As we (Redstone Government Consulting, Inc.) began to plan our September 21, 2017 Redstone Edge, we sought out speakers and potential attendees from government agencies, including those from DCAA (Defense Contract Audit Agency) and DCMA (Defense Contract Management Agency). In both cases, their potential speakers had a list of questions which seemed to be unnecessary, but related to OGE (Office of Government Ethics) regulations and interpretations, to identify and otherwise prohibit anything which might be an illegal (or at least unethical) gratuity. Although we might not be a “government contractor”, for those who are, there is another regulation in play; FAR 52.203-3 prohibits government contractors from offering gratuities to government employees.
Gratuities and Government Speakers: Defined
Noting that we all need to help government executive branch employees in terms of not crossing the line of accepting gratuities, the obvious question is: What exactly constitutes a gratuity? Thanks to OGE, as of January 1, 2017 we now have their identification of impermissible gratuities, which is just about anything and everything, but for some specific exceptions. For the purpose of planning Redstone Edge (a seminar with government presenters), we did our homework and discovered some of the following details regarding exceptions to “gratuities”:
- Government attendees and presenters can accept “modest” amounts of refreshments and meals. However, alcohol is not considered a modest refreshment (who knew that alcohol was an immodest refreshment); hence, a government presenter can apparently not partake in alcohol unless it meets another exception. Although we didn’t actually discover those other exceptions, we multi-voted and decided that two exceptions are:
- Alcohol consumed (by the presenter) just before their presentation to enhance that presentation; or
- Alcohol which is consumed purely for medicinal purposes (not really).
- For widely attended events, government attendees and speakers can accept meals if the meals are provided to all attendees or for speakers, provided that the meals are provided to other speakers. In other words, the government employee or speaker cannot receive anything special. That said, for meals which involve a self-serve buffet, the seminar sponsor must observe the government employees and/or speakers to make certain that they do not take more than any other attendee or speaker (okay, we made up the part about observing the government folks).
- Private sector employees (or firms/event sponsors) can invite ex-employees who are now employed by the executive branch of the government. However, that invitation should not be due to the ex-employee’s current (government) position. Thus, invitations should clearly state that no one cares about the current position and/or that the person is being invited in spite of their current position. We aren’t sure how to reconcile this with the fact that virtually every government (employee) speaker freely provides their “bio,” clearly identifying their official title and responsibilities. The only logical conclusion…wait, there is no logical conclusion, given that in almost any case, the government speaker is invited in large part because of his/her current title and responsibilities.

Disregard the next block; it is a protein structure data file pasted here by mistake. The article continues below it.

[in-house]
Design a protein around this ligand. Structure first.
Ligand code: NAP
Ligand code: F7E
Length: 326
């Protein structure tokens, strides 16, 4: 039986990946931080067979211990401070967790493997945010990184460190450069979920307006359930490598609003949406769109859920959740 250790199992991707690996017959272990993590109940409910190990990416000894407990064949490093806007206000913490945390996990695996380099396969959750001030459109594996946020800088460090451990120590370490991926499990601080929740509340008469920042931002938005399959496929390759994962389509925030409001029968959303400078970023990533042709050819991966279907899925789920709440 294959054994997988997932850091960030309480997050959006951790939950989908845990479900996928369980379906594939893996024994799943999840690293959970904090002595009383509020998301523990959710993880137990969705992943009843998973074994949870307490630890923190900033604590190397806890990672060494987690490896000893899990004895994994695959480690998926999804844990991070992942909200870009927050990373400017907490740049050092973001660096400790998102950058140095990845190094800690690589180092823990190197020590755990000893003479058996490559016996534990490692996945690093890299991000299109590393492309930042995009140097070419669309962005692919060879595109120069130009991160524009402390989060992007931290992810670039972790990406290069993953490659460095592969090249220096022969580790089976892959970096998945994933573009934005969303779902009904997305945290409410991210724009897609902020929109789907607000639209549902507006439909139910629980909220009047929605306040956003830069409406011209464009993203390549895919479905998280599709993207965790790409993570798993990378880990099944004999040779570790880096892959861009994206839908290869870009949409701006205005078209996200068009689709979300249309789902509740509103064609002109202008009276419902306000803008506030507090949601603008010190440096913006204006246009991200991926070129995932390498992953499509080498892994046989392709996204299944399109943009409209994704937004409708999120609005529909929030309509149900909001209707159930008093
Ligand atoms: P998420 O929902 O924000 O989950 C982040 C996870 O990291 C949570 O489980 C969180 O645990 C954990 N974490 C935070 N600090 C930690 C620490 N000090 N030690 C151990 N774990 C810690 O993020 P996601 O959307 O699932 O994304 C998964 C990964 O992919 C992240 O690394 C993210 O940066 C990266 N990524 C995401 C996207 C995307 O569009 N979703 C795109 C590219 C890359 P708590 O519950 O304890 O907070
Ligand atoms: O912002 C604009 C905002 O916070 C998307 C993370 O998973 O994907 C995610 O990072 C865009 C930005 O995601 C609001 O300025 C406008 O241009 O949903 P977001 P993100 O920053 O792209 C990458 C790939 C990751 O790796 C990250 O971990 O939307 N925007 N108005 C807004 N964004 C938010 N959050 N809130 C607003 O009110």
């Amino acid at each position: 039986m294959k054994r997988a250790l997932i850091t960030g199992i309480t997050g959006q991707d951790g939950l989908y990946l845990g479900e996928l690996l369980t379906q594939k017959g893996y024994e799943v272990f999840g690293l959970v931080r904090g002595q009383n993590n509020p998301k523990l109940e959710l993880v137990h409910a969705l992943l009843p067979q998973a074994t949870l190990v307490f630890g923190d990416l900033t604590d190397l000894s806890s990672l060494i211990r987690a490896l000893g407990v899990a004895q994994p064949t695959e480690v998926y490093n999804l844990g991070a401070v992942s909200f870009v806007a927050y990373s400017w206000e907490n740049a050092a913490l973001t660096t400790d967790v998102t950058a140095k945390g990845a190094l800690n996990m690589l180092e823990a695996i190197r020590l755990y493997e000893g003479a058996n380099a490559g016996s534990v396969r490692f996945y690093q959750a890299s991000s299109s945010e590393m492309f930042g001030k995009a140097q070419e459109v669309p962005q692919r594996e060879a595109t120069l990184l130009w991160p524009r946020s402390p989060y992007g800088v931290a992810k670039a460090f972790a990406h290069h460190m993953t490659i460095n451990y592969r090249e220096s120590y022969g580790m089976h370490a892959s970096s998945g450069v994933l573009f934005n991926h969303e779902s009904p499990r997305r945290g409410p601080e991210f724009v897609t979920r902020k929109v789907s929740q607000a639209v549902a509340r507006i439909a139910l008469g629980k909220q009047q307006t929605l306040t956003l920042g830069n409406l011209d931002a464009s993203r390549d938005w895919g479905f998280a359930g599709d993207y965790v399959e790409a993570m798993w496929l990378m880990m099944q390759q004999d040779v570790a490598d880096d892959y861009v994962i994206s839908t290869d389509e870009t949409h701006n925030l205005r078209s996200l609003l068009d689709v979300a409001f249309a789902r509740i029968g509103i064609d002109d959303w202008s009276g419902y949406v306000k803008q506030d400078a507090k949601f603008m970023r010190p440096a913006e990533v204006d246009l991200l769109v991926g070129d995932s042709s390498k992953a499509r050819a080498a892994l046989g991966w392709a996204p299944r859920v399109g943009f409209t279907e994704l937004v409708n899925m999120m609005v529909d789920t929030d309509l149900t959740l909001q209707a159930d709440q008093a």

- The event sponsor can provide unsolicited gifts to the government (employee) speaker, provided that those gifts do not exceed $100 annually (gifts from one source to one government employee). Additionally, the gifts can be informational, but not entertainment. Much to our chagrin, Redstone will not be able to recognize the DCAA and DCMA speakers with a hardbound edition of “The Unparalleled History of the Alabama Crimson Tide Football Program,” or a special DVD of “Sweet Home Alabama”. We are now actively scouring the shelves at The Dollar Store for alternative gifts for our government speakers.
Although some of this blog has been tongue-in-cheek, the fact is that gratuities can be a land-mine for employees of the executive branch, as well as something to absolutely avoid by government contractors. FAR 52.203-3, Gratuities, prohibits potential and existing government contractors from offering gratuities and there are rather stiff penalties from crossing that line. If a contractor is found to have violated that clause, the contract is subject to termination and the government could pursue penalties equal to 3 to 10 times the amount of the gratuities…along with potential debarment or suspension. The OGE/Government definitions of gratuities may seem to be “in the weeds”, but it is what it is.